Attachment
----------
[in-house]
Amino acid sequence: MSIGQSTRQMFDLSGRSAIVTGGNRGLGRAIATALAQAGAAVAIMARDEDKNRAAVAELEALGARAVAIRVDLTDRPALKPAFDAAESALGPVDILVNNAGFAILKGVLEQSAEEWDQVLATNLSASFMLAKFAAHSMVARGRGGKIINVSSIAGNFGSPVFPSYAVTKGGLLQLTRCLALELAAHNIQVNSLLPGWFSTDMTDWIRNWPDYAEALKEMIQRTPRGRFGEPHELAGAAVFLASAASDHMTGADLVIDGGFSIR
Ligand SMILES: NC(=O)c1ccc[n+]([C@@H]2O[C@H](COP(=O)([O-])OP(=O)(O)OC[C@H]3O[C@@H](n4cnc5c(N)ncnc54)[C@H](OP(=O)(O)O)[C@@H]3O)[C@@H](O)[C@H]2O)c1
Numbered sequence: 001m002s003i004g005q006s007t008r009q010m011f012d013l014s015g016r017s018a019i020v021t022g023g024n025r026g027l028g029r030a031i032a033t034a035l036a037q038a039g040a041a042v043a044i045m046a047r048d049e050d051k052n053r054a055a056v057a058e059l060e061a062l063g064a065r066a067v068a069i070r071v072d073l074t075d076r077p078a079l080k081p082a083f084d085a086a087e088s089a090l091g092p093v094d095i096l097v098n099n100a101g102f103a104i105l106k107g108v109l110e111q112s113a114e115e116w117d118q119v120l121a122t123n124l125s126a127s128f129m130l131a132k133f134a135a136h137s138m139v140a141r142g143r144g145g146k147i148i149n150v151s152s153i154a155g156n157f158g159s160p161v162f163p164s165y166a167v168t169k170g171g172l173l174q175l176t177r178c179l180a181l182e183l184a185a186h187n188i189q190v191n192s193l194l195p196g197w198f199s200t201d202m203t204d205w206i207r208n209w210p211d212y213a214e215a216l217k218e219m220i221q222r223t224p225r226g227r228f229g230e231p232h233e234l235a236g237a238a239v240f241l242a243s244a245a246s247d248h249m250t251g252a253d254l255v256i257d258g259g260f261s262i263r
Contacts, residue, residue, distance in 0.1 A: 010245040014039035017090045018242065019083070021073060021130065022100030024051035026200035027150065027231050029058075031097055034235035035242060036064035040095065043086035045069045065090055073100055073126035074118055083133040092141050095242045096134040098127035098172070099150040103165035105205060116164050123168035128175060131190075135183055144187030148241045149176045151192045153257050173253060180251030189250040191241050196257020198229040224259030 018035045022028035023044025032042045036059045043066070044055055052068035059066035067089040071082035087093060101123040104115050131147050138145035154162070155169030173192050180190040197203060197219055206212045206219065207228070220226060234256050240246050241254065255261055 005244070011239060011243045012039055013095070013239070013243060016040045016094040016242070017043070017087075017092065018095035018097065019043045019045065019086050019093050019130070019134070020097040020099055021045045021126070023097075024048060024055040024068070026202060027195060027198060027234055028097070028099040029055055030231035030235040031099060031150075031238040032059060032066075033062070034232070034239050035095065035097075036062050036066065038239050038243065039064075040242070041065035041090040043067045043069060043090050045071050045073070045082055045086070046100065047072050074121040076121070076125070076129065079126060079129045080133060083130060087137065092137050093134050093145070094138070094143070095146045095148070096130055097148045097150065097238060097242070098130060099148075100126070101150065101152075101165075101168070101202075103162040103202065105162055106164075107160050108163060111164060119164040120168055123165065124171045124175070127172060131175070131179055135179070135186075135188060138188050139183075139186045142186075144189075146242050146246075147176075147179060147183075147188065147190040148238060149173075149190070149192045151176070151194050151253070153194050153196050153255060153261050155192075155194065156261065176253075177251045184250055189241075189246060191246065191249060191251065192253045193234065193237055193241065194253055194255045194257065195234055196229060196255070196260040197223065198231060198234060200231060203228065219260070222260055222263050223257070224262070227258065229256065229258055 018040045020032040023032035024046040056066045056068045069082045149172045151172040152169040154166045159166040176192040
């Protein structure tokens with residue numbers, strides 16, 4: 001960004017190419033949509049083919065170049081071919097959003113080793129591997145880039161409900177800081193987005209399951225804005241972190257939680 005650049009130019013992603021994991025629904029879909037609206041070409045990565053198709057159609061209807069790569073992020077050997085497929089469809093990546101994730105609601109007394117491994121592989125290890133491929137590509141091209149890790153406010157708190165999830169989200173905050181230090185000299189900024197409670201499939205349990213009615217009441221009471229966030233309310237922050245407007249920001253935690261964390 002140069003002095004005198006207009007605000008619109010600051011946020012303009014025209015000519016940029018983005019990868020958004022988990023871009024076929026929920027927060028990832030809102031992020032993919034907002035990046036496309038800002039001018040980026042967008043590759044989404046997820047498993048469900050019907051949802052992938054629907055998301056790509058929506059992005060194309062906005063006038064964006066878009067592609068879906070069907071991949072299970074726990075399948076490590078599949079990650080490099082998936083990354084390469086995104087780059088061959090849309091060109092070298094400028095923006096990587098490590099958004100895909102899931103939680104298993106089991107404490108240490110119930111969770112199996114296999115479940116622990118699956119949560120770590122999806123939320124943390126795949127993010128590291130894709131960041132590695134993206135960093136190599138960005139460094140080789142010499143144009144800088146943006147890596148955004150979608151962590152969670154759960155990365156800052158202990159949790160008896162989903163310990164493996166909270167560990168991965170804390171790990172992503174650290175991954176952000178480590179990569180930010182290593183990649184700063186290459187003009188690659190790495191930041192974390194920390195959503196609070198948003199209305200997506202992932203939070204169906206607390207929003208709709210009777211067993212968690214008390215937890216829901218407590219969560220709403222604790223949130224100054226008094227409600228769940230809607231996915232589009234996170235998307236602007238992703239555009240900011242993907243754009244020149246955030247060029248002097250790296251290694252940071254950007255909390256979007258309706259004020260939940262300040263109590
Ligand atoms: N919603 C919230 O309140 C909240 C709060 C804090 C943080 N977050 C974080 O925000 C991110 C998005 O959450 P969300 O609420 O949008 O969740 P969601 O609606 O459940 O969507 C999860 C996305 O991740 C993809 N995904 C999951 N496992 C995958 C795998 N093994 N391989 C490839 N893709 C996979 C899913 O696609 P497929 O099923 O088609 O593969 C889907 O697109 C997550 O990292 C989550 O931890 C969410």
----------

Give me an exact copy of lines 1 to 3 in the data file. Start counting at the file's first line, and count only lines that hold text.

[in-house]
Amino acid sequence: MSIGQSTRQMFDLSGRSAIVTGGNRGLGRAIATALAQAGAAVAIMARDEDKNRAAVAELEALGARAVAIRVDLTDRPALKPAFDAAESALGPVDILVNNAGFAILKGVLEQSAEEWDQVLATNLSASFMLAKFAAHSMVARGRGGKIINVSSIAGNFGSPVFPSYAVTKGGLLQLTRCLALELAAHNIQVNSLLPGWFSTDMTDWIRNWPDYAEALKEMIQRTPRGRFGEPHELAGAAVFLASAASDHMTGADLVIDGGFSIR
Ligand SMILES: NC(=O)c1ccc[n+]([C@@H]2O[C@H](COP(=O)([O-])OP(=O)(O)OC[C@H]3O[C@@H](n4cnc5c(N)ncnc54)[C@H](OP(=O)(O)O)[C@@H]3O)[C@@H](O)[C@H]2O)c1